The Mist (2007): Creature Feature or Cinematic Masterpiece?


When The Mist was first released in 2007, it was met with a fairly lacklustre critical response. With an opening take of just under $9M in the US, you could be forgiven for thinking this was just another creature feature with little bite!

Overall, according to boxofficemojo, the film has grossed somewhere in the region of $57M worldwide off the back of an $18M budget. It's not a bad take but that does not tell the whole story.

On the surface, the premise seems simple and perhaps formulaic but if you look deeper, you will find something which speaks to the human race in so many ways. It is something which truly hits home and more so at the moment with the uncertain times we all face around the globe, it showcases the best and worst of the human psyche.

The film itself follows a father and Son who find themselves trapped in a local, small town supermarket following a storm which brings in a thick, all-encompassing mist. As the mist begins to engulf everything in its wake, we are left with a broad dynamic of locals, military personnel and “outsiders” who also find themselves trapped.

Needless to say... there is something in the mist!


Frank Darabont adapt this Stephen King work which is clearly a combination that has worked before. This one may not have had the mainstream appeal of The Shawshank Redemption or The Green Mile but it certainly packs the same punch for those willing to open their minds to the experience.

Another good connection sees Thomas Jane starring in his second of three Stephen King adaptations (so far), the previous being Dreamcatcher (2003) and the most recent being 1922 (2017).

With a cast including the aforementioned Jane, Marcia Gay Harden, Laurie Holden, Toby Jones and Andre Braugher as well as another Shawshank connection in William Sadler, The Mist always had the potential to be a solid entry.


The expectation may have been 2 hours of the same old film we've all seen countless times before, a hapless 'would be' hero saves the day when confronted with an enemy, there's thrills, spills and blood! Sound familiar? I know...

Instead, The Mist gives us an extremely stark and insightful study into the mentality of the Human Race.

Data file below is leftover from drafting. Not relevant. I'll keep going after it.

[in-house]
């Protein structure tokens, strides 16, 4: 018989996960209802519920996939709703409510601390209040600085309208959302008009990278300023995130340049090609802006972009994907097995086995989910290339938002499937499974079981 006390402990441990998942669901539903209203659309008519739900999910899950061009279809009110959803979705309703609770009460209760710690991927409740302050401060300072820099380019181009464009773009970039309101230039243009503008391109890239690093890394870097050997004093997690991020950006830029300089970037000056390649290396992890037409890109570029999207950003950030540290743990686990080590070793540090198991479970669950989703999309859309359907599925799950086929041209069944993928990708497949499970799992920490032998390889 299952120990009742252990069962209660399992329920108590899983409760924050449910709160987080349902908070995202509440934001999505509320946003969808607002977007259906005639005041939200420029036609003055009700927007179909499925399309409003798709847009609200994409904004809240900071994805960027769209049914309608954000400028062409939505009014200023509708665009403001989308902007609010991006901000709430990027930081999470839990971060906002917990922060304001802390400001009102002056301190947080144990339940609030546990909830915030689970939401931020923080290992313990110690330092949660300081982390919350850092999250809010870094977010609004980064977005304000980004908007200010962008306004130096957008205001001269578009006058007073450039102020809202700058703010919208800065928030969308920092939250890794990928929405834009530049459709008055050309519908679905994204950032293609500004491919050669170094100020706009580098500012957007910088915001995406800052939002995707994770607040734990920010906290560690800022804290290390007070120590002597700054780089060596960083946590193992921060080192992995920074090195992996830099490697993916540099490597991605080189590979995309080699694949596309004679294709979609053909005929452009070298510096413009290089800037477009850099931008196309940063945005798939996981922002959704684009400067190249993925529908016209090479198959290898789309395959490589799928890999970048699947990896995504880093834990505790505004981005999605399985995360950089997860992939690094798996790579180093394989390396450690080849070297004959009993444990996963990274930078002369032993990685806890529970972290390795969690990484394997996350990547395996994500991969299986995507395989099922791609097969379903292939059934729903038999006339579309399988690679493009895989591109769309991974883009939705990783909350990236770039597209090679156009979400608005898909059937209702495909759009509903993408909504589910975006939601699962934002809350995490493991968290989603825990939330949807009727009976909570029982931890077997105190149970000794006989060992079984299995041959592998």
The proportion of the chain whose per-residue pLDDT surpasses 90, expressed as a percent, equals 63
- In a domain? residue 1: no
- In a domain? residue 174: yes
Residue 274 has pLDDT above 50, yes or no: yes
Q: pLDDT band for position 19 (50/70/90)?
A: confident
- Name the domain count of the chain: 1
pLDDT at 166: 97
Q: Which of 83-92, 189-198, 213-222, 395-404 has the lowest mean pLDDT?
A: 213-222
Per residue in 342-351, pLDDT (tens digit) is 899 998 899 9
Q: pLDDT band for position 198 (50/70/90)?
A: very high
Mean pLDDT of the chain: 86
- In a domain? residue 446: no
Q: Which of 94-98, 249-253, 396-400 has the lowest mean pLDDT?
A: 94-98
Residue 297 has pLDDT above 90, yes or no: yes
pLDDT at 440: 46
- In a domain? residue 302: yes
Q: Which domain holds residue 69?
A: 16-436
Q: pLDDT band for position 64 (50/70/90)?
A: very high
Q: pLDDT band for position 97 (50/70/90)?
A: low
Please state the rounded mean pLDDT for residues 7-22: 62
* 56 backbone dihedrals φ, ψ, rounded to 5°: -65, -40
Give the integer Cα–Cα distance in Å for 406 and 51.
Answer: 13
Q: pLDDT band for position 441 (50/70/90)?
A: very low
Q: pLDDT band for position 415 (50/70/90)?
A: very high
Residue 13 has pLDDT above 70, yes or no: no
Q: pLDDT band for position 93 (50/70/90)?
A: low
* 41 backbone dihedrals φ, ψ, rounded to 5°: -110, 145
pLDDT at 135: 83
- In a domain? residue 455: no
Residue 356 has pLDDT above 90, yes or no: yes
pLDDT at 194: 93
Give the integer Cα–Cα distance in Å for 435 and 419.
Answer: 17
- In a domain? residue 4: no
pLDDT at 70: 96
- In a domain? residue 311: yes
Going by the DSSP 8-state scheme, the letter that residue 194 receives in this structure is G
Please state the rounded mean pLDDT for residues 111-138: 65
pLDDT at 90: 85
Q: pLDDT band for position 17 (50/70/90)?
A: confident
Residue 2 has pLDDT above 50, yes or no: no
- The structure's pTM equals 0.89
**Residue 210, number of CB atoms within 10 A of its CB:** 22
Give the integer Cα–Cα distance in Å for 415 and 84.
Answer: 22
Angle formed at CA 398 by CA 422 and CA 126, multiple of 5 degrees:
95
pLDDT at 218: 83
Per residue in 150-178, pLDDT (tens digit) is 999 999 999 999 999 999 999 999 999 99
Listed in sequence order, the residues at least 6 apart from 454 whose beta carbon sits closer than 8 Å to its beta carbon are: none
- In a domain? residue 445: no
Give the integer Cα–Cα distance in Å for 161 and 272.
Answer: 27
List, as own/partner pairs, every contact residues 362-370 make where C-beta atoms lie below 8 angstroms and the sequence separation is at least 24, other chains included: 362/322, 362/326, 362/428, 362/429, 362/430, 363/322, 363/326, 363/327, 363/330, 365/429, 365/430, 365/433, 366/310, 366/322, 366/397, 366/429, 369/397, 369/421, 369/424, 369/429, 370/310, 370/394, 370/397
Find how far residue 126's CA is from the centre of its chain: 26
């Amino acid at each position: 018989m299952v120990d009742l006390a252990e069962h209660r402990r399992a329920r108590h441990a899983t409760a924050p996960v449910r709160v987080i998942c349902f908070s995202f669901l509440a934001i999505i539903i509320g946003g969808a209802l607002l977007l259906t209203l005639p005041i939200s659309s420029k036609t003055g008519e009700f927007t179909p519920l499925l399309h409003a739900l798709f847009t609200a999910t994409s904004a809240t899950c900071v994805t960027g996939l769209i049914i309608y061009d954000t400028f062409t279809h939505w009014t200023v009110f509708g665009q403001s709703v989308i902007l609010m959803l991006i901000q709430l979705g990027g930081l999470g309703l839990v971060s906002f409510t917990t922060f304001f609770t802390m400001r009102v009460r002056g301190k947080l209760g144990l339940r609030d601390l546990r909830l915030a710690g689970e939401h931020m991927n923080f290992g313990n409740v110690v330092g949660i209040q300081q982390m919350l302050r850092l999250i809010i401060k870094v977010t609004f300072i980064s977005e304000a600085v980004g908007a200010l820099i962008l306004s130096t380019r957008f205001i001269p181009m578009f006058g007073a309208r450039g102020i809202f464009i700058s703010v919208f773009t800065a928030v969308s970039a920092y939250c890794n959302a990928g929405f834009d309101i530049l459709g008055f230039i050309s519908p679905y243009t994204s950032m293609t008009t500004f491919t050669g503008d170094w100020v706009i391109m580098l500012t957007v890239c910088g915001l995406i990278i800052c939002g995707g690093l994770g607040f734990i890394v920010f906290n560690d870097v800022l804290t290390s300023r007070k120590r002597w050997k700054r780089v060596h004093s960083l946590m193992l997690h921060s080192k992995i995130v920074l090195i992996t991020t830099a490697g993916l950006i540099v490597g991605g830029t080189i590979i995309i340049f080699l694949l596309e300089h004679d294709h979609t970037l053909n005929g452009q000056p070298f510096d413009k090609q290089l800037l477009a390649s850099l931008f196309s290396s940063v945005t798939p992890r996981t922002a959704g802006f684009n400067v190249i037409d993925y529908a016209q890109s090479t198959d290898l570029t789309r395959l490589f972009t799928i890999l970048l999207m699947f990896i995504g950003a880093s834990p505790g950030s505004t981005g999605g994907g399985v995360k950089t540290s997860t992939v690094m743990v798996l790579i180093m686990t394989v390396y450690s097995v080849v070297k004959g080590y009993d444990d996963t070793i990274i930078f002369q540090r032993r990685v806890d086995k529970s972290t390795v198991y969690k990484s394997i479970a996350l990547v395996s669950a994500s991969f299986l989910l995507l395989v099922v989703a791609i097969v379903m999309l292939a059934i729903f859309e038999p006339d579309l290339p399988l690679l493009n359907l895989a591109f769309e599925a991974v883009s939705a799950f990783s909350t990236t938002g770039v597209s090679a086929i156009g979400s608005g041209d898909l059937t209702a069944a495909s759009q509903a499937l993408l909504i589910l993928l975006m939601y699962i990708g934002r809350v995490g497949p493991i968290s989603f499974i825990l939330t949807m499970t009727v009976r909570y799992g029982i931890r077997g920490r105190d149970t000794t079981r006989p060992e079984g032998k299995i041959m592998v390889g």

When faced with any form of impending or present doom, the Human race quickly breaks into factions. One being a rational group whose incentive is survival, utilising basic instincts which override any other emotion.

The second, in this instance being the god fearing “doomsdayers”, who believe that this is gods wrath or punishment for the sinful actions of the Human Race. Their salvation takes a more sinister path.

Each group has its de-facto leader, someone to look to in a time of crisis. Thomas Jane as David Drayton takes the mantel for the rationale survivors while his counter part is played with bile inducing brilliance by Marcia Gay Harden whose character Mrs. Carmody revels in the attention her at times extreme beliefs bring.


The similarities can be seen in today's world. We face a global pandemic and while I have not heard much to make one believe there are those who think this is “God's wrath”, there are still factions being created. The overwhelming population are doing all they can to keep themselves and others safe while there are some who don't see it that way and are, if somewhat selfishly, ignoring all the scientific evidence and choosing a different path. I will not get any more political here so that is where my line is. Now, back to the film.

The Mist perfectly portrays the juxtaposition of the monster movie as the underlying irony and harsh truth is that the only monster on this planet is the Human Race. There is a very subtle yet poignant line in the film which captures this perfectly..

“As a species we're fundamentally insane. Put more than two of us in a room, we pick sides and start dreaming up reasons to kill one another. Why do you think we invented politics and religion?”